The Dodgers won three straight elimination games to win a playoff series for the second time in franchise history, joining the 1981 club that went on to win the World Series in a strike-shortened season. They were the first Dodgers team to ever win a seven-game series after facing a 3-1 deficit.

And we all know what happened after that.

Arlington, Texas, Oct. 18, 2020. The Dodgers and the Braves in game seven of the NLCS.
Arlington, Texas, Oct. 18, 2020. The Dodgers and the Braves in game seven of the NLCS at Globe Life Field.
(Robert Gauthier / Los Angeles Times)


— La Niña is back. What does that mean for a parched Southern California?

— At Rep. Karen Bass’ kickoff mayoral campaign event, she offered some of her most specific remarks on how to address the crisis in Los Angeles since she announced her candidacy last month. She cited the success of the local and state program to buy hotels known as Project Homekey, along with a similar program to rent rooms for vulnerable homeless people known as Project Roomkey.

— In a case prosecutors and defense attorneys agree “covers novel questions of fact and law,” two Tijuana men have been indicted on drug trafficking and hostage-taking charges in connection with the killing of a San Diego teenager in Mexico.


— Nearly a year out of the White House, Donald Trump continues to circle the Republican Party, commanding attention and influence as he ponders another run for the presidency. And still circling Trump is Rep. Adam B. Schiff (D-Burbank).

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— Kidnapping of American missionaries in Haiti highlights the perils of religious workers abroad.

— Former President Clinton was seen leaving an Orange County hospital Sunday morning, six days after he was admitted and treated for a urological and blood infection.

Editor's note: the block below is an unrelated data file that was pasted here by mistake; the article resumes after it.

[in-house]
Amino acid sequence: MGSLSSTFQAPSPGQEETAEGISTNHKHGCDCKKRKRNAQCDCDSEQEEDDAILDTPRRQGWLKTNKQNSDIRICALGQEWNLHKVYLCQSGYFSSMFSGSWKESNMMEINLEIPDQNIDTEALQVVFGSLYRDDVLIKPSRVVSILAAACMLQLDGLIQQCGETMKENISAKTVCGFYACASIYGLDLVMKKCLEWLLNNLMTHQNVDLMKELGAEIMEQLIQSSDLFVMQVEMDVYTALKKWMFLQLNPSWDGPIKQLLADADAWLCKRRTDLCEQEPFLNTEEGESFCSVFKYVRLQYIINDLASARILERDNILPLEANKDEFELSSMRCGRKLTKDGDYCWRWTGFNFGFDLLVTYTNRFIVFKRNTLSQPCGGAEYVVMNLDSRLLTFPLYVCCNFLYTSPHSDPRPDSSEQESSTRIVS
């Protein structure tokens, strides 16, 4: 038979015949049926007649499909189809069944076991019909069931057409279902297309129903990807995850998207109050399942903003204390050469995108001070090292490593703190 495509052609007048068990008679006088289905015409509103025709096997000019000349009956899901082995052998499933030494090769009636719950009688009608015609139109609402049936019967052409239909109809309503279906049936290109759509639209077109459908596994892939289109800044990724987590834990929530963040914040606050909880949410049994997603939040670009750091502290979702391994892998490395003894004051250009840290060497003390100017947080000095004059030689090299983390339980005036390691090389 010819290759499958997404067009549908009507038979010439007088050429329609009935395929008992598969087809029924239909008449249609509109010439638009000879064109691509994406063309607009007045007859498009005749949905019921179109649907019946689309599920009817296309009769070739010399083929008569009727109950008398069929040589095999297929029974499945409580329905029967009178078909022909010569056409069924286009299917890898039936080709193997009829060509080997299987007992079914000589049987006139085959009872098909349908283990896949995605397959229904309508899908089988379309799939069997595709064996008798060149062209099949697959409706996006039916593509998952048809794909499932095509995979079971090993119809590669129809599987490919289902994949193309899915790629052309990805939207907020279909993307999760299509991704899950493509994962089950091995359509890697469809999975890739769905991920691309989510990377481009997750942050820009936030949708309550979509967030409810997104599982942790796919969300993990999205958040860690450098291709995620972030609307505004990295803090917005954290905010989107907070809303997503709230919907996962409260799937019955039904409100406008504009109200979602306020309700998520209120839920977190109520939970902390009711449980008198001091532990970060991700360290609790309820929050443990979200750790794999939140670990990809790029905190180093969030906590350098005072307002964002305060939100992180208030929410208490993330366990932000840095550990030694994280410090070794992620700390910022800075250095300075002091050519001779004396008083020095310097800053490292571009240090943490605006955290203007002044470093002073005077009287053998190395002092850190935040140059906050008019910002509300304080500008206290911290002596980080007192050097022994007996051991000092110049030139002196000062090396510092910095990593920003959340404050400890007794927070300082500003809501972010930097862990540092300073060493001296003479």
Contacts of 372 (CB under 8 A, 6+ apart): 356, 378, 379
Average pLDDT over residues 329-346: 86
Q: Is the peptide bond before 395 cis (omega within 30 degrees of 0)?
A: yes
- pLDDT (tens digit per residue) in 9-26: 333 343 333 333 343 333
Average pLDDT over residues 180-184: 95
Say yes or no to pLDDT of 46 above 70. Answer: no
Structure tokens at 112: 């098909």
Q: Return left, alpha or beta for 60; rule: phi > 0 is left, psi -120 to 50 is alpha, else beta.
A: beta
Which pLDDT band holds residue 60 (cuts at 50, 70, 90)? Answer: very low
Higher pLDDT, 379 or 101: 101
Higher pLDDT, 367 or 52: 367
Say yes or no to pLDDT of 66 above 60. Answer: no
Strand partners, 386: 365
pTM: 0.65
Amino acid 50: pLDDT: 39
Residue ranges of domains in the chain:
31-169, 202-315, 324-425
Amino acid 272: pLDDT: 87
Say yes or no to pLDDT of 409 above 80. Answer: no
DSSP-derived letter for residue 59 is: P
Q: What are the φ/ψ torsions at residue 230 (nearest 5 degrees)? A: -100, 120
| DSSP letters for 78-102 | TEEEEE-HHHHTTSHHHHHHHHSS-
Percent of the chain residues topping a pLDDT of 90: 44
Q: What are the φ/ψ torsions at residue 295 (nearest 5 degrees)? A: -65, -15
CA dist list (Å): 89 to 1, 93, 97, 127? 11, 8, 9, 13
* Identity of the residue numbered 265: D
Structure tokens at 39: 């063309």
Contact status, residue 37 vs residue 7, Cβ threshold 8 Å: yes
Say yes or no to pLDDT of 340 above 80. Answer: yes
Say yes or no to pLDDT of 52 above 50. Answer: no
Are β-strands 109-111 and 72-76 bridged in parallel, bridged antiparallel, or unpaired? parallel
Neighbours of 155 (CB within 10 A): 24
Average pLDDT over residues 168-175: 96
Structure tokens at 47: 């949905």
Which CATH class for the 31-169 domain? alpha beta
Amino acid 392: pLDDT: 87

— Movie star Matthew McConaughey, who describes himself as a “statesman-philosopher, folk-singing poet,” has been toying with the idea of a run for governor of Texas but has refused to commit. The question is, can he win?

— The number of people in Puerto Rico who identified as “white” in the most recent census plummeted almost 80%, sparking a conversation about identity on an island breaking away from a past where race was not tracked and seldom debated in public.



— The 12th installment in the blockbuster “Halloween” franchise, which was projected to gross $35 million to $40 million, smashed the opening-weekend box office record for a horror film released during the COVID-19 pandemic.

— The new trailer for ‘The Batman’ is here. What’s different about Robert Pattinson’s superhero?

— Yes, ‘The Last Duel’ is a true story. Here’s what’s historical fact and fiction.

What’s on TV This Week: ‘Succession,’ ‘The Bachelorette,’ NBA Basketball and more.


— Once again, some of Wall Street’s wealthiest financiers and other luminaries are descending on the Beverly Hilton hotel this week for a Milken Institute Global Conference — a year after COVID-19 forced them to participate virtually from behind their desks. But like much else in the pandemic era, it’s not quite what it was before.

— Zillow Group Inc. is taking a break from buying U.S. homes after the online real estate giant’s pivot into tech-powered house flipping hit a snag.



Dodgers lose to Braves on walk-off single in Game 2 of the NLCS.

— Rams win easily to improve to 5-1 but there were Giant disappointments.

— Blowout loss to Ravens provides plenty of teaching moments for Chargers.

Beating Oregon could help Chip Kelly finally take flight at UCLA.

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— Greene: Polly Klaas’ murder accelerated the tough-on-crime movement. Her sisters want to stop it.


— Abcarian: Add this to the list of things I’ll never miss: The gas-powered leaf blower


Lisa Warmuth thought she had found an ideal community of like-minded creatives when moving into the Santa Ana Arts Collective apartments a year ago. The silverpoint artist sold her lakefront home in northern Minnesota and looked forward to a new lease on life.

The five-story bank building along 17th and Main streets had been transformed into a highly touted 58-unit affordable housing complex intended as a live-work haven for low-income artists. Meta Housing, the Los Angeles-based developer behind SAAC, received Innovative Development honors at the Affordable Housing Awards in September.

But instead of inspiration or innovation, Warmuth found dread at her doorstep after regular run-ins with several nonresident drug users who seemingly had easy access to the premises.

Today’s newsletter was curated by Seth Liss. Comments or ideas? Email us at